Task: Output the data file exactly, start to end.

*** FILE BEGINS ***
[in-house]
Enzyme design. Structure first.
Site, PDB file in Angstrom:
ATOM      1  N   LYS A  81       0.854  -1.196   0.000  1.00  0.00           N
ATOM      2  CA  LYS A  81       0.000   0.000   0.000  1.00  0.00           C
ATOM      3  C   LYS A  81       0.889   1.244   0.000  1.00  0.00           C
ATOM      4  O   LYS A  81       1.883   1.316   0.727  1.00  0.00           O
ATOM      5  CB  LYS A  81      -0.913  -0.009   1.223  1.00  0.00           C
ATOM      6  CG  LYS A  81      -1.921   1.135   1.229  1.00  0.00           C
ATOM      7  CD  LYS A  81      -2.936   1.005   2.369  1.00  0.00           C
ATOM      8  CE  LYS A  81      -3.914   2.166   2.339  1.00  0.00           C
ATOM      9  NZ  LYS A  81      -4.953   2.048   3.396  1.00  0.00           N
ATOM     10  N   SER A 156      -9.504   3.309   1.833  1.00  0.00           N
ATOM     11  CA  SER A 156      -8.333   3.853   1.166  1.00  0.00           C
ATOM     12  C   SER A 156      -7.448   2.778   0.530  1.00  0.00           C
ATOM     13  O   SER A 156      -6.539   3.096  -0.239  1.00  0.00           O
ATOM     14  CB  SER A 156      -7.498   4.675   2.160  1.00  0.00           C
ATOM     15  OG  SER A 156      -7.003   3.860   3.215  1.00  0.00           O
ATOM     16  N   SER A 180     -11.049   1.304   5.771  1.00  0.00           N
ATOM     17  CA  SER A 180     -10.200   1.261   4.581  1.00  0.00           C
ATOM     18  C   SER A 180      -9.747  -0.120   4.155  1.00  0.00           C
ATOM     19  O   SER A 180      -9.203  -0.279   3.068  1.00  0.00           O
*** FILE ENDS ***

[in-house]
Enzyme design. Structure first.
Site, PDB file in Angstrom:
ATOM      1  N   LYS A  81       0.854  -1.196   0.000  1.00  0.00           N
ATOM      2  CA  LYS A  81       0.000   0.000   0.000  1.00  0.00           C
ATOM      3  C   LYS A  81       0.889   1.244   0.000  1.00  0.00           C
ATOM      4  O   LYS A  81       1.883   1.316   0.727  1.00  0.00           O
ATOM      5  CB  LYS A  81      -0.913  -0.009   1.223  1.00  0.00           C
ATOM      6  CG  LYS A  81      -1.921   1.135   1.229  1.00  0.00           C
ATOM      7  CD  LYS A  81      -2.936   1.005   2.369  1.00  0.00           C
ATOM      8  CE  LYS A  81      -3.914   2.166   2.339  1.00  0.00           C
ATOM      9  NZ  LYS A  81      -4.953   2.048   3.396  1.00  0.00           N
ATOM     10  N   SER A 156      -9.504   3.309   1.833  1.00  0.00           N
ATOM     11  CA  SER A 156      -8.333   3.853   1.166  1.00  0.00           C
ATOM     12  C   SER A 156      -7.448   2.778   0.530  1.00  0.00           C
ATOM     13  O   SER A 156      -6.539   3.096  -0.239  1.00  0.00           O
ATOM     14  CB  SER A 156      -7.498   4.675   2.160  1.00  0.00           C
ATOM     15  OG  SER A 156      -7.003   3.860   3.215  1.00  0.00           O
ATOM     16  N   SER A 180     -11.049   1.304   5.771  1.00  0.00           N
ATOM     17  CA  SER A 180     -10.200   1.261   4.581  1.00  0.00           C
ATOM     18  C   SER A 180      -9.747  -0.120   4.155  1.00  0.00           C
ATOM     19  O   SER A 180      -9.203  -0.279   3.068  1.00  0.00           O